Can you operate a small home business in a cluster home scheme? This question came up for decision in a High Court case and its findings will not only affect cluster owners in future but have also served to some extent to determine the conditions under which they may or may not run home-based businesses in a cluster scheme.
1. The Right to Operate a Business in a Residential Area
All properties within municipal areas are rated and zoned for various uses. Estate agents are very familiar with them – residential 1, agricultural, business, industrial, recreational, ecclesiastical, etc. Getting the zoning changed is quite challenging even when there is every justification for doing so. Most rezoning applications take a few years these days to reach finality.
Many years ago, however, local authorities introduced the concept of consent-use, a simplified process allowing people to run small businesses in residential areas. These days provincial and municipal department strongly supports the practice, and you will be familiar with numerous suburbs where both small businesses and normal residences abound. In some streets, small businesses seem to have taken over completely.
Getting permission is not hard – an application for consent use must be submitted. Notices publicising the application must be placed conspicuously in front of the residence giving neighbours the right to object, adequate parking within the premises must be provided, and the business must be noise-free and of a general trading or administrative nature. The manufacturing of products will not be allowed. Councils have in recent times freely granted consent-use rights once their conditions have been complied with. Objectors have invariably been overruled.
Recently a woman in a cluster home scheme in the Cape Town area opened a small hairdressing business on her property. It was open to the public and was supported by some of the other homeowners in the cluster. The rest of them objected, however, and the scheme’s Homeowner’s Association took the matter to the High Court.
2. Homeowners’ Associations in the Western Cape
The woman opposed the application, asserting her rights to use her home for small businesses under a Western Cape provincial law that allows ‘home occupations’ in residential areas provided the owner complies with its obligations. She claimed she had – she had no advertising boards outside her home, parking was not an issue, and all customers had to make a prior appointment with her. The Court originally found in her favour, but the HOA took the matter on appeal to a full bench of the Court.
The Western Cape law is one of the first in South Africa to pay special attention to HOAs and introduce legislation defining their rights and obligations. In the USA virtually all states have their own laws regulating HOAs in cluster home suburbs. In South Africa the Sectional Title Act governs all sectional schemes and, almost consequent to it, homeowners’ associations for cluster schemes have generally been ignored by the lawmakers. Most HOAs are a law to themselves, but municipalities have generally recognised the concept and require an HOA to be established for every cluster scheme, usually as a Section 21 company. The Western Cape Land Use Planning Ordinance of 1985, generally known as LUPO, does not affect other provinces but it does govern HOAs in its own territory.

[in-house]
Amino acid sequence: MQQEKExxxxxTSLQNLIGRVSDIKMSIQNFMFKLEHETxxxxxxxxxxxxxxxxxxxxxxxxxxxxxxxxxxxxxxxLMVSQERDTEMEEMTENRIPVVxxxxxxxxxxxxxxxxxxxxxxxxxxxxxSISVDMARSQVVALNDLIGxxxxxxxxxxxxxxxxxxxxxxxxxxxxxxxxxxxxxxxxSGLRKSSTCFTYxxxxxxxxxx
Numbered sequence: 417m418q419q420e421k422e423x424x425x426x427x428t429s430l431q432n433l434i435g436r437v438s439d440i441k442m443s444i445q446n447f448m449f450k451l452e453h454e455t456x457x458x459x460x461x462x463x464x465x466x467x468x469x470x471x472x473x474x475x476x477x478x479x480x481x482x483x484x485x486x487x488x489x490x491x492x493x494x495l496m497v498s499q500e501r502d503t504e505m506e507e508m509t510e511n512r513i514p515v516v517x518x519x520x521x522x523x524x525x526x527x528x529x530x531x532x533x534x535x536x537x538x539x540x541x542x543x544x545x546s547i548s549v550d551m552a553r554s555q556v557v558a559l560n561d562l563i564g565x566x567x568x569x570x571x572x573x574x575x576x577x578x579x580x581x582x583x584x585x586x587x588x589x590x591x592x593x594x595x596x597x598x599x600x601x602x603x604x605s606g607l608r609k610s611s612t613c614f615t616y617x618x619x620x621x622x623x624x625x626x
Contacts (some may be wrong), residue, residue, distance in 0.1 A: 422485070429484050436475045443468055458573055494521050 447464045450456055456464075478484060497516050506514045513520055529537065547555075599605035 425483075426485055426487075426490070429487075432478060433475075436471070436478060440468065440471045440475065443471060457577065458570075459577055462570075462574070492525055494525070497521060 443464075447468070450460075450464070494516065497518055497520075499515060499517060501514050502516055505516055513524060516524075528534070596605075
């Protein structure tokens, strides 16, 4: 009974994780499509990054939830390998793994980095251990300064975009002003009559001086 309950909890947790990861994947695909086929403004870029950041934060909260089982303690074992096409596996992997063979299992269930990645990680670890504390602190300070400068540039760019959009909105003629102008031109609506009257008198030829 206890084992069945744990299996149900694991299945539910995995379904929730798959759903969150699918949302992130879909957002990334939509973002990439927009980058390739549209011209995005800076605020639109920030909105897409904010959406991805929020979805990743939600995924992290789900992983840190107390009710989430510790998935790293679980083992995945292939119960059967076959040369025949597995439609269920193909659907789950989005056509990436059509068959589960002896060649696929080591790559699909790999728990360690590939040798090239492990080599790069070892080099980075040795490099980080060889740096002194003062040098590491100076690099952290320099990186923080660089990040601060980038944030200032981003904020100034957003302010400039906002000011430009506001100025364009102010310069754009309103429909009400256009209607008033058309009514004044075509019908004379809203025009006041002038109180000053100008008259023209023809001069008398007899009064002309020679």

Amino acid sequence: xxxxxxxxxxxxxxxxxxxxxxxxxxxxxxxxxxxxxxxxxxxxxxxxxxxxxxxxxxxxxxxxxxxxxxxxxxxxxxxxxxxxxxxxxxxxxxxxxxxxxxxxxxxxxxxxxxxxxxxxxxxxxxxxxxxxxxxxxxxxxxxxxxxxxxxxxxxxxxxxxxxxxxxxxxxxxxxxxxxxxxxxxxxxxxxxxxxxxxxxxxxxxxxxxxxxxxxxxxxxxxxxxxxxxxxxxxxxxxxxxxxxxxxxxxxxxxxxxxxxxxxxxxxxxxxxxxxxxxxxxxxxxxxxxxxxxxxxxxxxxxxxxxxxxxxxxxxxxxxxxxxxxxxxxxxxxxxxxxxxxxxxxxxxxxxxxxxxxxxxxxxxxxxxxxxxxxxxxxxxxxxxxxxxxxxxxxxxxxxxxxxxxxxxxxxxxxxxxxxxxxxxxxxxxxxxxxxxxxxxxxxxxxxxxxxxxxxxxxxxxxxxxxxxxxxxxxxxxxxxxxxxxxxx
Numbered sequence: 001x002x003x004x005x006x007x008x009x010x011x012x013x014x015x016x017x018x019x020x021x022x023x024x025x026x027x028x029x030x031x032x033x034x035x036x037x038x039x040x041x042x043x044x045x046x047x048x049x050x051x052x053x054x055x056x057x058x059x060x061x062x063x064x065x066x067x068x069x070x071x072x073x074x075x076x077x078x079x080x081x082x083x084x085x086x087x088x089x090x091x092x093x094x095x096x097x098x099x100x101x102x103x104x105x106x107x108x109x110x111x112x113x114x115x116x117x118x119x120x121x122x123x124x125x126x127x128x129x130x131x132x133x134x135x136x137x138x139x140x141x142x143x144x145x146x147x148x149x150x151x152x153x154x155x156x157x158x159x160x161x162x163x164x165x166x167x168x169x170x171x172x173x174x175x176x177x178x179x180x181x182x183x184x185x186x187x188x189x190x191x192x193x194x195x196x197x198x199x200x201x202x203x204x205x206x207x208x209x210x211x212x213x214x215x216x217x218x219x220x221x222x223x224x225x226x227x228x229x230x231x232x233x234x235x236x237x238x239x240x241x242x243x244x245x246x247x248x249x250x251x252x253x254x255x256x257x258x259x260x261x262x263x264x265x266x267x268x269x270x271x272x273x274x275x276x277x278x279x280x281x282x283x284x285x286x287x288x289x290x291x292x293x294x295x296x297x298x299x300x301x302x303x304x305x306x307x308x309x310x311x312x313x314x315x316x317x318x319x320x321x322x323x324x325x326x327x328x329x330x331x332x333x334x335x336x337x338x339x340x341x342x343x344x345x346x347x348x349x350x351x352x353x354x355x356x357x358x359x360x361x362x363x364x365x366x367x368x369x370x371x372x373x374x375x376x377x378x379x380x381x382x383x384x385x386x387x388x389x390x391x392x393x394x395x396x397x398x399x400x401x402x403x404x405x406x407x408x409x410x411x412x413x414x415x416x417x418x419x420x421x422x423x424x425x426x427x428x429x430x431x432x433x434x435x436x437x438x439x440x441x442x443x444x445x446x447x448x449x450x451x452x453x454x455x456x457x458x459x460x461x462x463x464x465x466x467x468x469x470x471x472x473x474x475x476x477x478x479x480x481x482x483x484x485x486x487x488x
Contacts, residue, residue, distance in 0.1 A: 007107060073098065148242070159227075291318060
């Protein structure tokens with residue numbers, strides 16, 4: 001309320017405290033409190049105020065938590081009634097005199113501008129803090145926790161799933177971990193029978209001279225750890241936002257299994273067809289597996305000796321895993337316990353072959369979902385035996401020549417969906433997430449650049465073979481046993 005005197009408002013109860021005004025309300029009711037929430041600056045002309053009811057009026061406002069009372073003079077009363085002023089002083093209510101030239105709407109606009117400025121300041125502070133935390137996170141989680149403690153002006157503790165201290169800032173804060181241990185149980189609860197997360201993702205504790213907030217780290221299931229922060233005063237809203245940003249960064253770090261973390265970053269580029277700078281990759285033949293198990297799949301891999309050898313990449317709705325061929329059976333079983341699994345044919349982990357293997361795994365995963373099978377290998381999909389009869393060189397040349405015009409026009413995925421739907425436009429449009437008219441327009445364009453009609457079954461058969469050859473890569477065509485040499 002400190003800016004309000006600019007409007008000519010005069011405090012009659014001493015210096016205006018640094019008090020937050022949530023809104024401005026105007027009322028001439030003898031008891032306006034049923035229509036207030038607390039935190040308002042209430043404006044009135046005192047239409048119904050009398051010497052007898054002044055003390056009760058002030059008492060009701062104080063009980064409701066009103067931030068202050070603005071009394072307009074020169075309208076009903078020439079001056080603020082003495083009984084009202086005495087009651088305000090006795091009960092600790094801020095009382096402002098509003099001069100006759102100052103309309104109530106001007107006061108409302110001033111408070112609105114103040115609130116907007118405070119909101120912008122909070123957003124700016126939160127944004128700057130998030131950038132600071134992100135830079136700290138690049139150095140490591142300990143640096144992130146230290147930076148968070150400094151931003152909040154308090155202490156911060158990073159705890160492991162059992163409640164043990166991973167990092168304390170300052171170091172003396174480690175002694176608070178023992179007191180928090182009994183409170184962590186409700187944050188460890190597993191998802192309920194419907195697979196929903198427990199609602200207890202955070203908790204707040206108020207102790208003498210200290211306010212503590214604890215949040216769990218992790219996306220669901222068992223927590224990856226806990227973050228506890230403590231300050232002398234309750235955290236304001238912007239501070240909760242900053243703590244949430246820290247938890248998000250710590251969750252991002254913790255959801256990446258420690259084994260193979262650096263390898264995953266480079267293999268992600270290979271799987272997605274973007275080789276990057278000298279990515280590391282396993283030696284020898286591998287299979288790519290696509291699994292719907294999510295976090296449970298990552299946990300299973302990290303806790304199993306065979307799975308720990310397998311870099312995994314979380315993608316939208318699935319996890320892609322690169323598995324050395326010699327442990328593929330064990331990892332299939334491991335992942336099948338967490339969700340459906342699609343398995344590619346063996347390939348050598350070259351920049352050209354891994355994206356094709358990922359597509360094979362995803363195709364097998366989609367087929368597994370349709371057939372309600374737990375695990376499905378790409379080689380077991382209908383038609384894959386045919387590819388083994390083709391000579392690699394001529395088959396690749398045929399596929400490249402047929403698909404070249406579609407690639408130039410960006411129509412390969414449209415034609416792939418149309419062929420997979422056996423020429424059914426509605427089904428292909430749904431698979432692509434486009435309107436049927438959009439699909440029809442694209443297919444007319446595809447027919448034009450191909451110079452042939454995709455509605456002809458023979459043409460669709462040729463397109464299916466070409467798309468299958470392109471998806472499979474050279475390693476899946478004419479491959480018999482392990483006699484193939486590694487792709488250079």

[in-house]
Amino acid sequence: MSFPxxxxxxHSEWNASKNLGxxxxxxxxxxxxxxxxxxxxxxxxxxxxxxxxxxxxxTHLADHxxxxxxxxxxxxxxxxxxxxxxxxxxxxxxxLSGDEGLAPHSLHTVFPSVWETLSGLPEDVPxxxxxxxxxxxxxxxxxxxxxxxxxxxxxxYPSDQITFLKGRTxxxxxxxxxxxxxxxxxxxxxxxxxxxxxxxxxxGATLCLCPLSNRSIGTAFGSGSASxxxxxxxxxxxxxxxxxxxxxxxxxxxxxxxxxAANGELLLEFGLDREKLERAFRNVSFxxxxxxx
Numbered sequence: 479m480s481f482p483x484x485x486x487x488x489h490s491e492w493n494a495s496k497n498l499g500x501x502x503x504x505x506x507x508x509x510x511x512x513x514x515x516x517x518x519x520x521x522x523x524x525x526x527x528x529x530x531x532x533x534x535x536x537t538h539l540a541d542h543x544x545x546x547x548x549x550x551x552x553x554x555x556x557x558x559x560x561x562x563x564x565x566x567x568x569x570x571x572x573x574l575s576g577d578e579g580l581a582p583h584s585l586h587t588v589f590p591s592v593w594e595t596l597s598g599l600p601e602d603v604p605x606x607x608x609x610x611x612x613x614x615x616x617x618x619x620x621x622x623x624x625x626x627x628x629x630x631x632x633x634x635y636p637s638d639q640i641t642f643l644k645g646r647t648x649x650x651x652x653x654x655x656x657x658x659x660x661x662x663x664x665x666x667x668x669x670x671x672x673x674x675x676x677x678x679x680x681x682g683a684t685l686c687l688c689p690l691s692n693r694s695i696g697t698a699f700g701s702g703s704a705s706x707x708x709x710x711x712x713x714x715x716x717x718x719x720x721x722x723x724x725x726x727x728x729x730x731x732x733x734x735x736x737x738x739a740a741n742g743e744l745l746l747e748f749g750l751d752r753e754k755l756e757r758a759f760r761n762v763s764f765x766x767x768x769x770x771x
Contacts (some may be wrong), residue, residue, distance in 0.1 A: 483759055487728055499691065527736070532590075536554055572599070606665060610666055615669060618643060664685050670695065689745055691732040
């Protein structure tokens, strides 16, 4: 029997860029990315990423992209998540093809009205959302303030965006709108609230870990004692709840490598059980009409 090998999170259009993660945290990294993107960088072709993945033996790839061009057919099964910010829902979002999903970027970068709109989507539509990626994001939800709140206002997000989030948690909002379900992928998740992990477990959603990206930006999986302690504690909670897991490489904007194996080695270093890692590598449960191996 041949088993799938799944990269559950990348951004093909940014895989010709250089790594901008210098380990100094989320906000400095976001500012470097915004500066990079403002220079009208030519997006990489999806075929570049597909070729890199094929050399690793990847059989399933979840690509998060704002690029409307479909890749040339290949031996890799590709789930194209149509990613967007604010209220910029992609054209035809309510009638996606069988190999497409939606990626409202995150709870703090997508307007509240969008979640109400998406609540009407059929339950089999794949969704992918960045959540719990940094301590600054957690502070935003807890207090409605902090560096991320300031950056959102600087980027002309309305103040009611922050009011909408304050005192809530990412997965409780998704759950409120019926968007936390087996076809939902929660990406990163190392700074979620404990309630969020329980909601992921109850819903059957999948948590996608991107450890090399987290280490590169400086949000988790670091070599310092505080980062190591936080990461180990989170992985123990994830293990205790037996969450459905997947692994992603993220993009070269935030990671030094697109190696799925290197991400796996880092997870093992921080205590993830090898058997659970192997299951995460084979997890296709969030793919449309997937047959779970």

Section 29 of LUPO provides that an HOA shall be a body corporate like its sectional title equivalent, that it must have its own constitution controlling the management of the scheme, and must be approved by the local authority. The Western Cape High Court had to decide whether owners of the scheme in question could run home businesses in the light of LUPO and the HOA’s own constitution which specifically provided that all its properties may be used only for residential purposes unless a special resolution decided otherwise and that each home had to comply with the zoning regulations affecting it.
3. The Decision of the High Court and its Implications
The Court sided with the HOA. It concluded that LUPO granted HOAs wide powers to govern their schemes, in particular, to prohibit any activity that might adversely affect the rights of owners to enjoy living peacefully as normal suburban residents. Once the Council (in this case the City of Cape Town) had approved the constitution, its provisions became prescriptive and could be imposed on all owners in the scheme.
The HOA had effectively, in this case, overruled a homeowner’s right to obtain a consent-use permit to operate a small home-based business. Every owner was deprived of the rights he might otherwise enjoy under the special provisions applying to areas zoned for residential purposes.
Whether the decision was correct remains to be seen, but it is a common practice in most HOA cluster schemes for residences to be packed tightly together with minimal fencing or walling between units. Parking for customers from outside would obviously become a problem and nuisance if all cluster owners could exercise the right to run small home-based businesses, unlike normal residential suburbs where homes face wide roads and pavements and are usually big enough to allow for parking on the premises.
For the moment the decision only governs cluster homes in the Western Cape, not because High Court decisions there are not binding on other provinces, but because the legislation relied on is exclusive to the province and is purely provincial.